>>>>> software, and a few others. As frustrated as I get with CA's tape
    >>>>> backup
    >>>>> software, I really don't think I want to see what their AV is like...
    >>>>
    >>>> I don't know anything about the CA tape bakup software, but the CA
    >>>> antivirus is a product that is worth looking into. One of the good
    >>>> things (apart from being good at catching virus) is that it does not
    >>>> take many recources on workstations. And it is very easy to deploy and
    >>>> maintain centrally.
    >>>
    >>> Well, that sounds good then.
    >>>
    >>> I don't totally dislike the tape backup software (Brightstor Arcserve),
    >>> but
    >>> the management software is slow, and hard to configure sometimes (I have
    >>> problems with restoring files from one server to a different one).
    >>> Besides,
    >>> it forces me to use UNC instead of drive letters. I'm not used to that.
    >>> And
    >>> the latest version exhibits memory fragmentation or something that causes
    >>> my
    >>> server to run low on memory after a week or two, forcing reboots much
    >>> more
    >>> frequently than I would prefer. Tech support has been fairly responsive,
    >>> but
    >>> they don't have an answer for the memory problem. If I didn't have 5 or 6
    >>> years of archived data in their format, I probably would have switched to
    >>> a
    >>> different software package.
    >>>
    >>> McAfee, once set up, is also very low-maintenance, and has been 100%
    >>> effective for us at work. The workstation component hasn't been a problem
    >>> at
    >>> all, unlike some of the McAfee 'retail' packages I've worked with.

    >>
    >> We are using McAfee at my new work as well, and one thing has me
    >> worried. When trying to deploy the new version 8 silently using the
    >> .msi file in the package one out of three or four instances there
    >> comes an error that it is not compatible with Win XP. I have not seen
    >> this error when installing from top to buttom starting to unwrap the
    >> .exe downloaded from mcafee though. But the other install method is in
    >> their documentation, and it is normally the way to deploy new
    >> programes in a windows server environment

    >
    > Really? I didn't have that problem at all - probably 30+ workstations on XP.
    > I agree about the silent install - it's certainly the way to go. I used
    > their installation creation software to customize my install package (dang,
    > I wish I could remember the name of that <g>) and used Novell's ZEN
    > functions to schedule it, and ran it silently. It knew where my update DATs
    > folder was, had schedules in place, and everything. I've spot checked the
    > workstations, and they seem to be updating right on schedule. It did take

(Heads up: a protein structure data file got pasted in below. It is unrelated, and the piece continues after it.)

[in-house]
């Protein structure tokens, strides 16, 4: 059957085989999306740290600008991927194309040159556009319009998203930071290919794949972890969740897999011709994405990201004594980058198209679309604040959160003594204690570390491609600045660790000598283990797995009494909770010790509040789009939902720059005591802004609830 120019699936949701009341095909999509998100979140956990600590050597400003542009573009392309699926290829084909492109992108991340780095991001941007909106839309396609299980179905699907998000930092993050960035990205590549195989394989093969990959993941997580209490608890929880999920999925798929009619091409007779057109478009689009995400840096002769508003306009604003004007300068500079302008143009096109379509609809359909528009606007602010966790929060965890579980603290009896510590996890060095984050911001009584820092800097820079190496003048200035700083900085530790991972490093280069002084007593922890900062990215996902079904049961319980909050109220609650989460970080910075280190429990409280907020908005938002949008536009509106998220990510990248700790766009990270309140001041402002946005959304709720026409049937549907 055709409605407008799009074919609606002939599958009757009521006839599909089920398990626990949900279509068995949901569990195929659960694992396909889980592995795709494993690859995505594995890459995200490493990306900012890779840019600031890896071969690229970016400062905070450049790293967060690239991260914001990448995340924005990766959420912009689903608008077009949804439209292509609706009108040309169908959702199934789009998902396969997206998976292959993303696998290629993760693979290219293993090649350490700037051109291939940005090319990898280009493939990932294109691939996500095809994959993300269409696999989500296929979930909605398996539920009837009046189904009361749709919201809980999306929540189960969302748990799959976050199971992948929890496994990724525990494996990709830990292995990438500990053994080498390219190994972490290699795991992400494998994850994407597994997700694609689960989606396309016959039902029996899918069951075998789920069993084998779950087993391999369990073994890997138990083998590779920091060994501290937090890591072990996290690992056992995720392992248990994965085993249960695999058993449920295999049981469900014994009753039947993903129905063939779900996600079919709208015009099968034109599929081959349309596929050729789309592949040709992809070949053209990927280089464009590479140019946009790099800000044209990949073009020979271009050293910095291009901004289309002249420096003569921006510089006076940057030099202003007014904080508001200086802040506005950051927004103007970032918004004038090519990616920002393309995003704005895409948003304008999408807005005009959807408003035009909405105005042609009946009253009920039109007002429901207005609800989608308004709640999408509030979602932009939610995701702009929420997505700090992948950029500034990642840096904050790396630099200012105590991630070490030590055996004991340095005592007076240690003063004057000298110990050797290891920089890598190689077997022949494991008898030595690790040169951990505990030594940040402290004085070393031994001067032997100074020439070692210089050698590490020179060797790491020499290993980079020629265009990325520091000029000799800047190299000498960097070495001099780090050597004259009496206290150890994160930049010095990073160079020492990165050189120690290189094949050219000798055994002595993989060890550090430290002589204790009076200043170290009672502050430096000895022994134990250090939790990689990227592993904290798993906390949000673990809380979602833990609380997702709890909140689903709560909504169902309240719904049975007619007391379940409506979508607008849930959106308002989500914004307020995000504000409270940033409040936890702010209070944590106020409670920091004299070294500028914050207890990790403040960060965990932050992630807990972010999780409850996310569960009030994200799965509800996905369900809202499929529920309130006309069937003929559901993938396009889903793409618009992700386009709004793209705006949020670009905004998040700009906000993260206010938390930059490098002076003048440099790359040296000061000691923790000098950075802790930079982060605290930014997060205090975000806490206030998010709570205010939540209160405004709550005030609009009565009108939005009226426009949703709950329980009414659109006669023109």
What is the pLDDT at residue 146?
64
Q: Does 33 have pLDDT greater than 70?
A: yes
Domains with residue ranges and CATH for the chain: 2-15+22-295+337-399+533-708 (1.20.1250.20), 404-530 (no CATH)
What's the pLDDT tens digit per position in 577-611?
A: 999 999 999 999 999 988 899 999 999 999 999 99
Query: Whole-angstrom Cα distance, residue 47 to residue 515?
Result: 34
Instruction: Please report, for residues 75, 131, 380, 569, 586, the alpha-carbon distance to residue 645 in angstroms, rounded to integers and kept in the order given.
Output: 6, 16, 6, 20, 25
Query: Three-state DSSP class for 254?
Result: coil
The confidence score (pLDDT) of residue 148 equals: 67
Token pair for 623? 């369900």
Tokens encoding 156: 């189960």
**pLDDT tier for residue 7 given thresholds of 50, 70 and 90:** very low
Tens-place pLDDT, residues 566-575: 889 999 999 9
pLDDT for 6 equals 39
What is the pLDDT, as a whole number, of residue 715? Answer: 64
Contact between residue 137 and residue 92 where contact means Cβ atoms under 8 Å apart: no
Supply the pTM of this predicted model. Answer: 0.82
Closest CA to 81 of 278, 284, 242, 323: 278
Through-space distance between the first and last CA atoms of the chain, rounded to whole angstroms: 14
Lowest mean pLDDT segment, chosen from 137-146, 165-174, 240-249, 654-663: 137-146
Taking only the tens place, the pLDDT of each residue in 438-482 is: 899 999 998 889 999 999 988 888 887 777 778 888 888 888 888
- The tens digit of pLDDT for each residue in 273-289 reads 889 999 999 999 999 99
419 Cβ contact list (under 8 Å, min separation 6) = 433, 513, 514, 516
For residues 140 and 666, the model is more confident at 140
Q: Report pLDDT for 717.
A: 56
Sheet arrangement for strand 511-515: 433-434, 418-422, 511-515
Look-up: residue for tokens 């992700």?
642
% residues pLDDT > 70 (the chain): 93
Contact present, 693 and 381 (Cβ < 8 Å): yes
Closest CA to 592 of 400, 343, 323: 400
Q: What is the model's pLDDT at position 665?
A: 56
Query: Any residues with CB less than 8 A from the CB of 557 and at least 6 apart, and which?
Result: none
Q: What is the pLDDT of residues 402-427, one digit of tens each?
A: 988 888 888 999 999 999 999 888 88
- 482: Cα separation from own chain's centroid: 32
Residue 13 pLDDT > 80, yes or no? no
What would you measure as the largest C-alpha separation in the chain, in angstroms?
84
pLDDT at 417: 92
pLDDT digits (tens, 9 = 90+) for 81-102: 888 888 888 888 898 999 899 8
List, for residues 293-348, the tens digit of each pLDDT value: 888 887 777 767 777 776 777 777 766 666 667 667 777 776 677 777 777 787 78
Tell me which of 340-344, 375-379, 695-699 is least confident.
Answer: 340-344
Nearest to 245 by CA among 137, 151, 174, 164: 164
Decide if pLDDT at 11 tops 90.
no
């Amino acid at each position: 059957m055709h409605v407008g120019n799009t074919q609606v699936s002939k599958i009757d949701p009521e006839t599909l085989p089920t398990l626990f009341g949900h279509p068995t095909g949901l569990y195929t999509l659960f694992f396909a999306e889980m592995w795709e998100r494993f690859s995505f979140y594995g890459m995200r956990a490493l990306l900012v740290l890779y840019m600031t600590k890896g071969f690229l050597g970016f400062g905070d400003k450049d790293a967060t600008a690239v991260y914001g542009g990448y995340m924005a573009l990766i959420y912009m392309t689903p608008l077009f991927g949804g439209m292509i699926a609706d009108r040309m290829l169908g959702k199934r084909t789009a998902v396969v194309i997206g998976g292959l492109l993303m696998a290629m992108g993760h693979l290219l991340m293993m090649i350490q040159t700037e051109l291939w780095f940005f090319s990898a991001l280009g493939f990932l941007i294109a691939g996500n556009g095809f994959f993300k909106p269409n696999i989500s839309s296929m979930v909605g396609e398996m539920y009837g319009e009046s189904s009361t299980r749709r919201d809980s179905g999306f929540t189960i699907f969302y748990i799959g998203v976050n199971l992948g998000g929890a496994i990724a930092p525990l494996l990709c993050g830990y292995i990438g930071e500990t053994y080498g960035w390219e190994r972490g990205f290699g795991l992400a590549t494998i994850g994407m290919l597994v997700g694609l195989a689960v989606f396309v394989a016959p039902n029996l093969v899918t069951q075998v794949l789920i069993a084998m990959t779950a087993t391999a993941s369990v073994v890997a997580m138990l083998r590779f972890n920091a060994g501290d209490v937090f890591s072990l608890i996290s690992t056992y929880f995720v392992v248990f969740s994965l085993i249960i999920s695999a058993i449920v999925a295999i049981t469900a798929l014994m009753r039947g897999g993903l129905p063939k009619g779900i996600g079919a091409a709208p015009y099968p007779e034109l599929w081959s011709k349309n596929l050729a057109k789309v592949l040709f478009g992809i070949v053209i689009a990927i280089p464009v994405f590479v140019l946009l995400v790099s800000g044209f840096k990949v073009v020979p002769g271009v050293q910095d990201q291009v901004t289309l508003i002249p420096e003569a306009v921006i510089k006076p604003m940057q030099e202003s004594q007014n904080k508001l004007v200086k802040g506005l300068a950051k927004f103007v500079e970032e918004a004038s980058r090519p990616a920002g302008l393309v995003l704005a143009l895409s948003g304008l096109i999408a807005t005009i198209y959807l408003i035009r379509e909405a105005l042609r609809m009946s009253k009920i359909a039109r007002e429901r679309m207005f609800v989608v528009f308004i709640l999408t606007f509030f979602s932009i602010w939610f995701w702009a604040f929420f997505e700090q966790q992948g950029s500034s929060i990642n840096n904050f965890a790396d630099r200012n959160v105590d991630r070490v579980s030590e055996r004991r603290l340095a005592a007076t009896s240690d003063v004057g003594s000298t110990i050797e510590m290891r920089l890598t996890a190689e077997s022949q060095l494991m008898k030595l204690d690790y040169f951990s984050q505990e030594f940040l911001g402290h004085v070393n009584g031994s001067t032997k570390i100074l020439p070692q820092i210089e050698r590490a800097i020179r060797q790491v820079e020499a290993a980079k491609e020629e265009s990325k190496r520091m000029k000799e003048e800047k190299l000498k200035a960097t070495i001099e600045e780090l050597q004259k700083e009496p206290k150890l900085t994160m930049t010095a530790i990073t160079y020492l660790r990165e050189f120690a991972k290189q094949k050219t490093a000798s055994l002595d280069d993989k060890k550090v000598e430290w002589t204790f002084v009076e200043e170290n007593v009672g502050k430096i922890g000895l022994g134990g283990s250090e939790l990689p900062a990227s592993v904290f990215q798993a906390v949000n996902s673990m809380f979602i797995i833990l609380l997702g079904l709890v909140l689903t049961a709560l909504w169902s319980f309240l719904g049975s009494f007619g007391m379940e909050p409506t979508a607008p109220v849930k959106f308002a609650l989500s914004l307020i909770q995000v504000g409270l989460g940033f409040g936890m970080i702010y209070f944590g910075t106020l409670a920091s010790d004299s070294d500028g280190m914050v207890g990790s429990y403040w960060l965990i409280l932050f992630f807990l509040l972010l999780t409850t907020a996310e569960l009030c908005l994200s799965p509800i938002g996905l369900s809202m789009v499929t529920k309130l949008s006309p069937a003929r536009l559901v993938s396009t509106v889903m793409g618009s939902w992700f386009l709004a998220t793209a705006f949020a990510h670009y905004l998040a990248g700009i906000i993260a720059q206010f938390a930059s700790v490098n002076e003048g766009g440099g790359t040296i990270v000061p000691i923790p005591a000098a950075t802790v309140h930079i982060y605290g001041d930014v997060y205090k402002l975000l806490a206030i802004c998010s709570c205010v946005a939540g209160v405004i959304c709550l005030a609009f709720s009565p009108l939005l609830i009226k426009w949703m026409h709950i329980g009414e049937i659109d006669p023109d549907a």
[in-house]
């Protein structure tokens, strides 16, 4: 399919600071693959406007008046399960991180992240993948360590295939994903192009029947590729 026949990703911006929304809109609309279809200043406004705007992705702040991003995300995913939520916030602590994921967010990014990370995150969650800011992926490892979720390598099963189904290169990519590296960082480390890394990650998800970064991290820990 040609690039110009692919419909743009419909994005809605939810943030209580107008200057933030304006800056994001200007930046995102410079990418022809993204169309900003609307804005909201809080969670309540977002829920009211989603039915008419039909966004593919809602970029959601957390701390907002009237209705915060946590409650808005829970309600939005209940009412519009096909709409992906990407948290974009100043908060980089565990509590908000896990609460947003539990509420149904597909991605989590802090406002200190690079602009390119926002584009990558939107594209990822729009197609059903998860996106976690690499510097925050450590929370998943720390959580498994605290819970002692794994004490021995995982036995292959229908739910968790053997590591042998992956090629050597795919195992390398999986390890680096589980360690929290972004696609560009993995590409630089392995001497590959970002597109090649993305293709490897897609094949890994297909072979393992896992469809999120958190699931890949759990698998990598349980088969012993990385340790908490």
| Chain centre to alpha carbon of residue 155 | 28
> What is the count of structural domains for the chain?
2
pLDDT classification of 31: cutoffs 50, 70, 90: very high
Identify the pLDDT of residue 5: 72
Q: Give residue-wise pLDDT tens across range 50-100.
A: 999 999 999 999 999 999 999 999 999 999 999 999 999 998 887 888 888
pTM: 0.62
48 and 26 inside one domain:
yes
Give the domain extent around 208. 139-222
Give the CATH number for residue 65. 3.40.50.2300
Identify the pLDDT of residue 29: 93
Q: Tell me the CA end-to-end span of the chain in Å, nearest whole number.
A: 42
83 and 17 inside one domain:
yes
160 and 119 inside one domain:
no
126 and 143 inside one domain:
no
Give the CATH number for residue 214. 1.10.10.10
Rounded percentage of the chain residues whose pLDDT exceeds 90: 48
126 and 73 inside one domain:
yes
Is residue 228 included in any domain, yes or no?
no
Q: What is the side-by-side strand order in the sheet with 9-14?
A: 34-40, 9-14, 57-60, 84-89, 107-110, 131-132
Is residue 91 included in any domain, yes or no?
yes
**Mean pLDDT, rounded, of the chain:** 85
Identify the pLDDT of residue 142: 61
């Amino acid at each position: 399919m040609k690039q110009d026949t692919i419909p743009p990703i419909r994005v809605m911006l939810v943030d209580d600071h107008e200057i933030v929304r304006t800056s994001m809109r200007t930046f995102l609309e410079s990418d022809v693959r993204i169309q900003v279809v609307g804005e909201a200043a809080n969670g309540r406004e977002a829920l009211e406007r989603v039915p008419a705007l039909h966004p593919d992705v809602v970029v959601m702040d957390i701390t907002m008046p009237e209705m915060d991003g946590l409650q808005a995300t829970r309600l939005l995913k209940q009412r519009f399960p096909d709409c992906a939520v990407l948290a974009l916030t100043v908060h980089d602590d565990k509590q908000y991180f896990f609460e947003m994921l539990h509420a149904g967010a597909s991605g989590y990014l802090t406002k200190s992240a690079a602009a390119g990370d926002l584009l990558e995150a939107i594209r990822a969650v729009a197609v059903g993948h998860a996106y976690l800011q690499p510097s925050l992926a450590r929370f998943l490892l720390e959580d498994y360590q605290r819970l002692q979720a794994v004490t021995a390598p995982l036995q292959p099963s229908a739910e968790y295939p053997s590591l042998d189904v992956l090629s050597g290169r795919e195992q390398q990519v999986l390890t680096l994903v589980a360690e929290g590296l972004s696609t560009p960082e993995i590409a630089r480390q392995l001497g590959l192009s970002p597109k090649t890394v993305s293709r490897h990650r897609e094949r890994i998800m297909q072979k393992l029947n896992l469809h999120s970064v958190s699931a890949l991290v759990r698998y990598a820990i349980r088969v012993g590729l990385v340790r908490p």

> some effort to get the auto updater to work on the server, but I think that
    > was my problem...not understanding some of the terms used.
    >
    > For the most part, we use the W2K server as a workstation. It has the server
    > software on it only because the timeclock software requires a database
    > program that doesn't run on Novell. Anyone in payroll can remotely run the
    > timeclock software now. Other than that, it's not used as a server. So the
    > McAfee is ran on the Netware system instead, and the W2K server only has the
    > McAfee client software on it. Maybe that's why I haven't had problems with
    > pushing the client software off to the workstations - Netware does it
    > instead of Windows Networking.


    We are still running the vers. 7 and I am not going to deploy vers. 8
    fullscale until I find out were that error comes from. The deployment
    is going to be made via w2003 AD. The installation software is called
    installation something, I can't remeber, but you can download it if
    you log in with your grant #. The most tricky part we have is that we
    still have win98 machines (money thing) on the network, and that
    means that we also has to have the vers. 4.5 of McAfee AV client.
    --
    jda^fx
     
    jda^fx, Mar 13, 2005
    #9
  10. Tom

    Toolman Tim Guest

    "jda^fx" <> wrote in message
    news:...
    > On Sun, 13 Mar 2005 14:13:46 -0800, Toolman Tim wrote in
    > 24hoursupport.helpdesk:
    >
    >> "jda^fx" <> wrote in message
    >> news:n7ty5av9i10e$.oh7ncpaeaf28$...
    >>> On Sun, 13 Mar 2005 13:36:34 -0800, Toolman Tim wrote in
    >>> 24hoursupport.helpdesk:
    >>>
    >>>> "jda^fx" <> wrote in message
    >>>> news:...
    >>>>> On Sat, 12 Mar 2005 16:54:32 -0800, Toolman Tim wrote in